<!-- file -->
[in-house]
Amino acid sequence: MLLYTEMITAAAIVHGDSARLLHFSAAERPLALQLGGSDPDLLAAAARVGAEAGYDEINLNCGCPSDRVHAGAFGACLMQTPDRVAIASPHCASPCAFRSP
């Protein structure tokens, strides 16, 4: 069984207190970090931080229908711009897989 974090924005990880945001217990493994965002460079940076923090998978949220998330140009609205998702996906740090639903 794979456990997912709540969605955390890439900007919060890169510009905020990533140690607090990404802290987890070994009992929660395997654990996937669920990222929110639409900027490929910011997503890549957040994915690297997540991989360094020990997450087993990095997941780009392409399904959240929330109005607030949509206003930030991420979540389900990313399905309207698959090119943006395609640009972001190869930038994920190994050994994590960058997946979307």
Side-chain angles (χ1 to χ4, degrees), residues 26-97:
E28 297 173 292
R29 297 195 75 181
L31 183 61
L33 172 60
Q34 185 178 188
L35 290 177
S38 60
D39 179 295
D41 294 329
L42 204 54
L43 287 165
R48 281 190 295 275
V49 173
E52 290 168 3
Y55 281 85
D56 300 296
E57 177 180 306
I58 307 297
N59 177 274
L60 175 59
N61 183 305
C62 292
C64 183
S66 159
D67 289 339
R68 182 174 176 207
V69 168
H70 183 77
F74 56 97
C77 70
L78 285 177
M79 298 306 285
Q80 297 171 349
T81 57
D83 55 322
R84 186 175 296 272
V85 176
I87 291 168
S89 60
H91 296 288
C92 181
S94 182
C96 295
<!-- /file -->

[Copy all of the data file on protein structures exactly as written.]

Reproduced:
[in-house]
Amino acid sequence: MLLYTEMITAAAIVHGDSARLLHFSAAERPLALQLGGSDPDLLAAAARVGAEAGYDEINLNCGCPSDRVHAGAFGACLMQTPDRVAIASPHCASPCAFRSP
């Protein structure tokens, strides 16, 4: 069984207190970090931080229908711009897989 974090924005990880945001217990493994965002460079940076923090998978949220998330140009609205998702996906740090639903 794979456990997912709540969605955390890439900007919060890169510009905020990533140690607090990404802290987890070994009992929660395997654990996937669920990222929110639409900027490929910011997503890549957040994915690297997540991989360094020990997450087993990095997941780009392409399904959240929330109005607030949509206003930030991420979540389900990313399905309207698959090119943006395609640009972001190869930038994920190994050994994590960058997946979307």
Side-chain angles (χ1 to χ4, degrees), residues 26-97:
E28 297 173 292
R29 297 195 75 181
L31 183 61
L33 172 60
Q34 185 178 188
L35 290 177
S38 60
D39 179 295
D41 294 329
L42 204 54
L43 287 165
R48 281 190 295 275
V49 173
E52 290 168 3
Y55 281 85
D56 300 296
E57 177 180 306
I58 307 297
N59 177 274
L60 175 59
N61 183 305
C62 292
C64 183
S66 159
D67 289 339
R68 182 174 176 207
V69 168
H70 183 77
F74 56 97
C77 70
L78 285 177
M79 298 306 285
Q80 297 171 349
T81 57
D83 55 322
R84 186 175 296 272
V85 176
I87 291 168
S89 60
H91 296 288
C92 181
S94 182
C96 295